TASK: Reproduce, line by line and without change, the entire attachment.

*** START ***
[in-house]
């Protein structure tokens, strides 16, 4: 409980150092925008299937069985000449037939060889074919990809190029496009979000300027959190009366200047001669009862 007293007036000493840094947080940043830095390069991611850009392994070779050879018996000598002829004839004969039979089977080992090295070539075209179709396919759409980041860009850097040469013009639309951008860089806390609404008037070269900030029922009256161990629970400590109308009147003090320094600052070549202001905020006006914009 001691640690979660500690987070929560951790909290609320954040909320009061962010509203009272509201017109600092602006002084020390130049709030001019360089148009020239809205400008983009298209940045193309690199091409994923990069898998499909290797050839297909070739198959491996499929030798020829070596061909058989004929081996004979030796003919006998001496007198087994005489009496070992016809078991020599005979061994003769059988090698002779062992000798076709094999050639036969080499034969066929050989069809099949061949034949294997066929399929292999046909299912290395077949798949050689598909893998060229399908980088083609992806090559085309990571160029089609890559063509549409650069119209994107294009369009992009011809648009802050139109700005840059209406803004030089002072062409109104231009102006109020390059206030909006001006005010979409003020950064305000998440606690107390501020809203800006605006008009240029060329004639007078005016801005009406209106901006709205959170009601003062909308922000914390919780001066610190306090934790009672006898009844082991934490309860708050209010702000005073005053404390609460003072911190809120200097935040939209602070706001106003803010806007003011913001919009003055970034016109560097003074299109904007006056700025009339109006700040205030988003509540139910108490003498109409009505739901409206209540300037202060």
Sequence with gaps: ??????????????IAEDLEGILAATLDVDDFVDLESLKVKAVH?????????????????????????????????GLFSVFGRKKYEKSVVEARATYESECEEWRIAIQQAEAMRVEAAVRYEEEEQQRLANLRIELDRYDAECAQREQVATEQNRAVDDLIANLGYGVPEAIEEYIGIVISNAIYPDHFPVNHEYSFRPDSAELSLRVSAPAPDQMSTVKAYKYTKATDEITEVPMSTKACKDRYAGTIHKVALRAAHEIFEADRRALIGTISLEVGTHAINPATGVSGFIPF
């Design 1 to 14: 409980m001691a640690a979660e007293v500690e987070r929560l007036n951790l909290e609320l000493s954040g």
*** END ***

[in-house]
């Protein structure tokens, strides 16, 4: 409980150092925008299937069985000449037939060889074919990809190029496009979000300027959190009366200047001669009862 007293007036000493840094947080940043830095390069991611850009392994070779050879018996000598002829004839004969039979089977080992090295070539075209179709396919759409980041860009850097040469013009639309951008860089806390609404008037070269900030029922009256161990629970400590109308009147003090320094600052070549202001905020006006914009 001691640690979660500690987070929560951790909290609320954040909320009061962010509203009272509201017109600092602006002084020390130049709030001019360089148009020239809205400008983009298209940045193309690199091409994923990069898998499909290797050839297909070739198959491996499929030798020829070596061909058989004929081996004979030796003919006998001496007198087994005489009496070992016809078991020599005979061994003769059988090698002779062992000798076709094999050639036969080499034969066929050989069809099949061949034949294997066929399929292999046909299912290395077949798949050689598909893998060229399908980088083609992806090559085309990571160029089609890559063509549409650069119209994107294009369009992009011809648009802050139109700005840059209406803004030089002072062409109104231009102006109020390059206030909006001006005010979409003020950064305000998440606690107390501020809203800006605006008009240029060329004639007078005016801005009406209106901006709205959170009601003062909308922000914390919780001066610190306090934790009672006898009844082991934490309860708050209010702000005073005053404390609460003072911190809120200097935040939209602070706001106003803010806007003011913001919009003055970034016109560097003074299109904007006056700025009339109006700040205030988003509540139910108490003498109409009505739901409206209540300037202060």
Sequence with gaps: ??????????????IAEDLEGILAATLDVDDFVDLESLKVKAVH?????????????????????????????????GLFSVFGRKKYEKSVVEARATYESECEEWRIAIQQAEAMRVEAAVRYEEEEQQRLANLRIELDRYDAECAQREQVATEQNRAVDDLIANLGYGVPEAIEEYIGIVISNAIYPDHFPVNHEYSFRPDSAELSLRVSAPAPDQMSTVKAYKYTKATDEITEVPMSTKACKDRYAGTIHKVALRAAHEIFEADRRALIGTISLEVGTHAINPATGVSGFIPF
């Design 1 to 14: 409980m001691a640690a979660e007293v500690e987070r929560l007036n951790l909290e609320l000493s954040g």